you are more like a flower

who found you in the green forest
and were you very sorry to come away?
see i will comfort you
because you smell so sweetly

i will kiss your cool bark
and hug you safe and tight
just as your mother would,
only don’t be afraid

look the spangles
that sleep all the year in a dark box
dreaming of being taken out and allowed to shine,
the balls the chains red and gold the fluffy threads,

put up your little arms
and i’ll give them all to you to hold.
every finger shall have its ring
and there won’t be a single place dark or unhappy

then when you’re quite dressed
you’ll stand in the window for everyone to see
and how they’ll stare!
oh but you’ll be very proud

and my little sister and i will take hands
and looking up at our beautiful tree
we’ll dance and sing
“Noel Noel”

The poem inspired an illustrated children’s book, which I found for sale on Amazon.

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Happy Thanksgiving: Italian Style

I wanted to share a recent Thanksgiving tradition in our family. During Thanksgiving week, my wife, Pamela, and I make Italian pizzelles—both anisette and chocolate flavored—according to the recipe of my late mother, Carmella DeCosty Ruane. This simple Italian cookie pairs well with a cup of coffee; it’s also one of the few things I can make from scratch, along with pasta fagioli (fazool), lentil soup with ditalini pasta (box version) and marinara sauce (pronounced madinad in Rome, New York). The pizzelle tradition is even more meaningful as this time of year always reminds me of my mother, since she passed away seven years ago on Nov. 22, 2011.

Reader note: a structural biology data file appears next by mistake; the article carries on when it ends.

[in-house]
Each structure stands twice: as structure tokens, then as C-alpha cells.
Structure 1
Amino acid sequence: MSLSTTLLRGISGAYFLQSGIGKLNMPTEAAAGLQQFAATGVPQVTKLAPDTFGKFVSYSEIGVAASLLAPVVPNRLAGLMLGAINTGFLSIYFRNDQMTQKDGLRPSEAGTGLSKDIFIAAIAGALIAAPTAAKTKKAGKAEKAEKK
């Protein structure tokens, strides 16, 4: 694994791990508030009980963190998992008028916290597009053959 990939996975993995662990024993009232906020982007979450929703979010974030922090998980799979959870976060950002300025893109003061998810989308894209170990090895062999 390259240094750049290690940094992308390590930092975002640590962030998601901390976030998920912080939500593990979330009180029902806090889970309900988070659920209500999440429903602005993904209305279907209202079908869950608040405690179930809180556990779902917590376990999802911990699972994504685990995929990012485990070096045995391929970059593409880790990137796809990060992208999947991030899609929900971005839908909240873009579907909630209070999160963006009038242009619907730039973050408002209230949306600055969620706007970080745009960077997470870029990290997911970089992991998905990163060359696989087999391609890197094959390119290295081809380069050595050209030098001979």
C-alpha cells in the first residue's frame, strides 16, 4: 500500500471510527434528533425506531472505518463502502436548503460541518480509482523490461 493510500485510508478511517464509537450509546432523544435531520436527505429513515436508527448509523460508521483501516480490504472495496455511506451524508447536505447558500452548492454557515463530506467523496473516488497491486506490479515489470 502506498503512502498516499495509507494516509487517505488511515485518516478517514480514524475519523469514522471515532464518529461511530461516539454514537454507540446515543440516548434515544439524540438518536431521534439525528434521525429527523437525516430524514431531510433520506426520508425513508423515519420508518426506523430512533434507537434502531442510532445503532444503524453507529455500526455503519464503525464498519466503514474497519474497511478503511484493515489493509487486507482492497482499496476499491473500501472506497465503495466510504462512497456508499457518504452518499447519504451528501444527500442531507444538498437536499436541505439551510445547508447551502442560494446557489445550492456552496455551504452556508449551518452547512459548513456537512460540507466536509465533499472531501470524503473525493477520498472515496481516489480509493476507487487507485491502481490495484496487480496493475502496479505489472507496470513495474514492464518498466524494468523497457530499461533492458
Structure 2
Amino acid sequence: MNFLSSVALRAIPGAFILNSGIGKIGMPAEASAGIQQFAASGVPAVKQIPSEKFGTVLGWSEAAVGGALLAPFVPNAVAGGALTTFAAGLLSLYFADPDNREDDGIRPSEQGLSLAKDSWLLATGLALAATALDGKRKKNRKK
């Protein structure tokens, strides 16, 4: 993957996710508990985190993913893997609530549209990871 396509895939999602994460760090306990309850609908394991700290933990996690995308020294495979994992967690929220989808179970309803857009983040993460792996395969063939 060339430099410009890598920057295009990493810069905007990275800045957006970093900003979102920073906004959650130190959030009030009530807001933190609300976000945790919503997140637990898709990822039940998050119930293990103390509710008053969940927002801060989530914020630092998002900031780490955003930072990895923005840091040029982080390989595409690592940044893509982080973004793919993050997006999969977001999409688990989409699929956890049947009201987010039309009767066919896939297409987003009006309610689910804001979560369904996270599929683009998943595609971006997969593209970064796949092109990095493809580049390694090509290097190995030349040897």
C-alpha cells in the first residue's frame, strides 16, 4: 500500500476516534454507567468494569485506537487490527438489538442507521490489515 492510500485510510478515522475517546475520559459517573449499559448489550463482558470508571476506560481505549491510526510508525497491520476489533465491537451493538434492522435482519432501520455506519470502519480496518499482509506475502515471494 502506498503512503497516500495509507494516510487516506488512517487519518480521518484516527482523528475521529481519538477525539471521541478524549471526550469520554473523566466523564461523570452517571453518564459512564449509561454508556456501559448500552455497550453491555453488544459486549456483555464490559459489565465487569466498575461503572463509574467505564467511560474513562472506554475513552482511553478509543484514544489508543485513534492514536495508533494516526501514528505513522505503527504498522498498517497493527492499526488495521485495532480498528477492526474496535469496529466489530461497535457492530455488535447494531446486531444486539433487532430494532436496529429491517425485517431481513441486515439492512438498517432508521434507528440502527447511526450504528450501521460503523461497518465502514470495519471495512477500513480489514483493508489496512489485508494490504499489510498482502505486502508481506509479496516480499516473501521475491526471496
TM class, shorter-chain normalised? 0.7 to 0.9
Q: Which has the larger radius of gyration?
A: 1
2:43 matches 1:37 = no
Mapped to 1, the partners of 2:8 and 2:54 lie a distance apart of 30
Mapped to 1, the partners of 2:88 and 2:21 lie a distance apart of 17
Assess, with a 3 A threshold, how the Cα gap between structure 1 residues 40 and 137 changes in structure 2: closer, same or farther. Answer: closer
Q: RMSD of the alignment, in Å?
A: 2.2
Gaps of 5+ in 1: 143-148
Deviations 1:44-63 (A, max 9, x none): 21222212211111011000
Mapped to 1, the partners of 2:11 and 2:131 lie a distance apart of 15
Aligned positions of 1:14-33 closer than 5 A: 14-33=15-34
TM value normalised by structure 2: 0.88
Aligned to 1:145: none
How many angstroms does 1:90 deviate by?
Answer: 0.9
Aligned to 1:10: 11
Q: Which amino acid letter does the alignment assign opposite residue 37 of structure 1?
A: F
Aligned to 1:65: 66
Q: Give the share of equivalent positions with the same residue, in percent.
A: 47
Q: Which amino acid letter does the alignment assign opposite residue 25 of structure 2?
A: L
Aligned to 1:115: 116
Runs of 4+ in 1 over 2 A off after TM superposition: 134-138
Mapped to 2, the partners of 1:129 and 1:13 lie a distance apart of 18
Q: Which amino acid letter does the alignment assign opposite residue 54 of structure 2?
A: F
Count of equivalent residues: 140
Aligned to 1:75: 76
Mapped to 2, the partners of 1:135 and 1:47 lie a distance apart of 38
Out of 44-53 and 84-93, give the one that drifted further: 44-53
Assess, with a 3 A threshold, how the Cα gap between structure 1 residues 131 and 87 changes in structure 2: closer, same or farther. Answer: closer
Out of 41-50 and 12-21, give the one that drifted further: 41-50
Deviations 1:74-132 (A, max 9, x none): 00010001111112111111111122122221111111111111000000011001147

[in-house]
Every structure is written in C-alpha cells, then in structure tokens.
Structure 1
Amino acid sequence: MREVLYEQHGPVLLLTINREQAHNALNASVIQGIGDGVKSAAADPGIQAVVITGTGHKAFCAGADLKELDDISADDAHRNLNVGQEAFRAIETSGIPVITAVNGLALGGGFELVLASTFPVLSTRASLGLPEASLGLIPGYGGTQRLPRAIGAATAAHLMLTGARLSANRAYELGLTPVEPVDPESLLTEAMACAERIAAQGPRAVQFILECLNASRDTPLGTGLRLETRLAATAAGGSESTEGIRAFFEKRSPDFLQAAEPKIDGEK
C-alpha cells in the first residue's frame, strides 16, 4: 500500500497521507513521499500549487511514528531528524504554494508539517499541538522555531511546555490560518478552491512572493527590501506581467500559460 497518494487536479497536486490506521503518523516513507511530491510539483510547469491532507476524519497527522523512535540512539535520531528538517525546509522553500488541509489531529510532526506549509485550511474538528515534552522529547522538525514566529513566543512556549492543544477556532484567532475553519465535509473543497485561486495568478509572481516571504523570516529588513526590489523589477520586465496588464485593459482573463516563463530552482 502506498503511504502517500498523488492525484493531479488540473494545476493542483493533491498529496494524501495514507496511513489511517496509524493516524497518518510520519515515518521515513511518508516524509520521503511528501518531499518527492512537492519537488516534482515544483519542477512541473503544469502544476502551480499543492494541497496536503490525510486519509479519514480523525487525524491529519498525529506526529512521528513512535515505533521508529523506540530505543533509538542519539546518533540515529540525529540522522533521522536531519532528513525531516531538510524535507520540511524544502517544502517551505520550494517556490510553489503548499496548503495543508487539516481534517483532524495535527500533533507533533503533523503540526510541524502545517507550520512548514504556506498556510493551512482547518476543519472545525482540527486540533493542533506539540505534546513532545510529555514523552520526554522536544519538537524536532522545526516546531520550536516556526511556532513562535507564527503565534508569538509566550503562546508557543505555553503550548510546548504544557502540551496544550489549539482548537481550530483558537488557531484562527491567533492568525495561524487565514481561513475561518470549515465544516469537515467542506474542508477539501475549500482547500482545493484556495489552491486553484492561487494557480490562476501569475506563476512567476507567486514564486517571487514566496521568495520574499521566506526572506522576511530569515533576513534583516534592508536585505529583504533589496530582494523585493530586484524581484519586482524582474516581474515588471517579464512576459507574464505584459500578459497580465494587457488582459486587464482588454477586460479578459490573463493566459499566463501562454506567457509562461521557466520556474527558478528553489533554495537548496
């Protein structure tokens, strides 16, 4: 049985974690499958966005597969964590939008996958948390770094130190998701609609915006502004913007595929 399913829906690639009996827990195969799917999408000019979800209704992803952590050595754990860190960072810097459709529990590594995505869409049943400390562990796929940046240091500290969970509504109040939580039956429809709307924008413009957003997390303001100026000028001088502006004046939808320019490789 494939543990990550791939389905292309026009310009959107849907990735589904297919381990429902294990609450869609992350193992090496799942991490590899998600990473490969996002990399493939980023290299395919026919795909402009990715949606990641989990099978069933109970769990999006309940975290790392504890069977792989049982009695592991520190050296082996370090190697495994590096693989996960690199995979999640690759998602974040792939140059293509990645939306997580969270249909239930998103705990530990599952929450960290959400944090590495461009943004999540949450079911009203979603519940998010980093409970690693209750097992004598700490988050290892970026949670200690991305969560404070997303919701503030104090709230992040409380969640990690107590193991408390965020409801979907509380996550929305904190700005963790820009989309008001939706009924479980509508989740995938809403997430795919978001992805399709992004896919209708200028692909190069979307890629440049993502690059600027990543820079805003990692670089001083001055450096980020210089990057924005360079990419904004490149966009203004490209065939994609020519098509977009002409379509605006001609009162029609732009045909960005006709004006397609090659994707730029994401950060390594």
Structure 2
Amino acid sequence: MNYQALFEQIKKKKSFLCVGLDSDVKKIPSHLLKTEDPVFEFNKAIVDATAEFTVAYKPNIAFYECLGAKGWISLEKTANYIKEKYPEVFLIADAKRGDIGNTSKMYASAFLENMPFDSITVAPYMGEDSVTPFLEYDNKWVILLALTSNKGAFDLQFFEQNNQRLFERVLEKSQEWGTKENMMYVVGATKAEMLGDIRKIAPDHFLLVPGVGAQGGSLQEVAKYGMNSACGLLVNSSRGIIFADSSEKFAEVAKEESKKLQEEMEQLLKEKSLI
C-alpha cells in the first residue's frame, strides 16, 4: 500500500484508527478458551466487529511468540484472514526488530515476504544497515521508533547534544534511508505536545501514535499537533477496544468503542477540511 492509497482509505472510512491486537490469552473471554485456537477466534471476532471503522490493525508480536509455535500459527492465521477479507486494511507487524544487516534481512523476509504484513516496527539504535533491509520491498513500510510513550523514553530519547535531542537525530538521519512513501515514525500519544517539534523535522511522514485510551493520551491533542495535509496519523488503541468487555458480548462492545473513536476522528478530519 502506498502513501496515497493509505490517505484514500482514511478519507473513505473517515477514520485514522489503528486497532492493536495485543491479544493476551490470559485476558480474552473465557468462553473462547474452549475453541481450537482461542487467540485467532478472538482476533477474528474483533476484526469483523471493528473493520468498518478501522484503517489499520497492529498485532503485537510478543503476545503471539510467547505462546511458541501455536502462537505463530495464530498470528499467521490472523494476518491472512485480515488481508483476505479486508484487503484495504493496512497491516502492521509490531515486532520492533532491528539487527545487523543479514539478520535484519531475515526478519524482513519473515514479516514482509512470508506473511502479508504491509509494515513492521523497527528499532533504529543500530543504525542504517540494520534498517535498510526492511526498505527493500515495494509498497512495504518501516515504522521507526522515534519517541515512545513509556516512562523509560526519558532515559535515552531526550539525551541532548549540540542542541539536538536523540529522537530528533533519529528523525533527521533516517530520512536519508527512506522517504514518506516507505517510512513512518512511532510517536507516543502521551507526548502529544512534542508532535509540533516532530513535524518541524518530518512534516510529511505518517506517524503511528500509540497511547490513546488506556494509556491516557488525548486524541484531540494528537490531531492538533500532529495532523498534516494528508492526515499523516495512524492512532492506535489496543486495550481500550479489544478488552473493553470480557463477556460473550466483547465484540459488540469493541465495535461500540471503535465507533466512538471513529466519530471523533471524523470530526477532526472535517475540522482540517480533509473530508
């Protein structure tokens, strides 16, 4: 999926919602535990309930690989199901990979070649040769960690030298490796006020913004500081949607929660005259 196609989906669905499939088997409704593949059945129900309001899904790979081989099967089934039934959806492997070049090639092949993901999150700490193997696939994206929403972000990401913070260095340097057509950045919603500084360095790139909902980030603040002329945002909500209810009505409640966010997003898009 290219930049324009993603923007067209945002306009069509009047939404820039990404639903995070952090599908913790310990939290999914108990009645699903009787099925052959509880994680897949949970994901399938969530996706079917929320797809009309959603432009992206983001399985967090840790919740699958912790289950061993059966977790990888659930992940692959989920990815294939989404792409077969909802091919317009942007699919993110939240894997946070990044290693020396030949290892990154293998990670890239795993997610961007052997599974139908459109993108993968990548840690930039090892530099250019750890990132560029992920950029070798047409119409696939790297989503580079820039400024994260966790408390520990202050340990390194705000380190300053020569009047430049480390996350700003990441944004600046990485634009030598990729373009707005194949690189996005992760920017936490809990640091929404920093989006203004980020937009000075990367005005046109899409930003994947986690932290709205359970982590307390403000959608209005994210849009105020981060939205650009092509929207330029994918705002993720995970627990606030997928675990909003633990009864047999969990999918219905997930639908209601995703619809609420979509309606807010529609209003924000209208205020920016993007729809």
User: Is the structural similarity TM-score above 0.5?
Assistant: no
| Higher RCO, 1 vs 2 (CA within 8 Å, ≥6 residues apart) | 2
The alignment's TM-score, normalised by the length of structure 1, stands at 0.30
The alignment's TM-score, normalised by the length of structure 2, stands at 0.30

You will need a pizzelle maker in order to cook up a batch of your own.  Here’s a snapshot of our final product:

Chocolate and anisette flavored pizzelles.

And here are the instructions from Carmella’s original recipe, with some slight modification by Pamela and me:

Italian Pizzelles

3 Eggs
1 Tsp. Anise Flavoring
1 Tbsp. Vanilla Flavoring
2 Tsp. Baking Powder
2 Cups Flour
½ Cup of Butter or Margarine, melted
1 Cup Sugar

Beat eggs and sugar. Add cooled melted butter or margarine, and vanilla and anise. Sift flour and baking powder and add to egg mixture. Batter will be stiff enough to be dropped by teaspoon. Makes 30 Pizzelles.

Before the first pizzelles of the day only, use a pastry brush to carefully coat the entire surface of the both halves of the pizzelle maker with vegetable oil or melted shortening. Spray shortenings work very well for this purpose. Do this only at the start of each day that you bake pizzelles. Wipe excess shortening off the grids. The first pizzelles may not come out well. These directions are for my pizzelle maker. Your pizzelle maker may not require you to do this.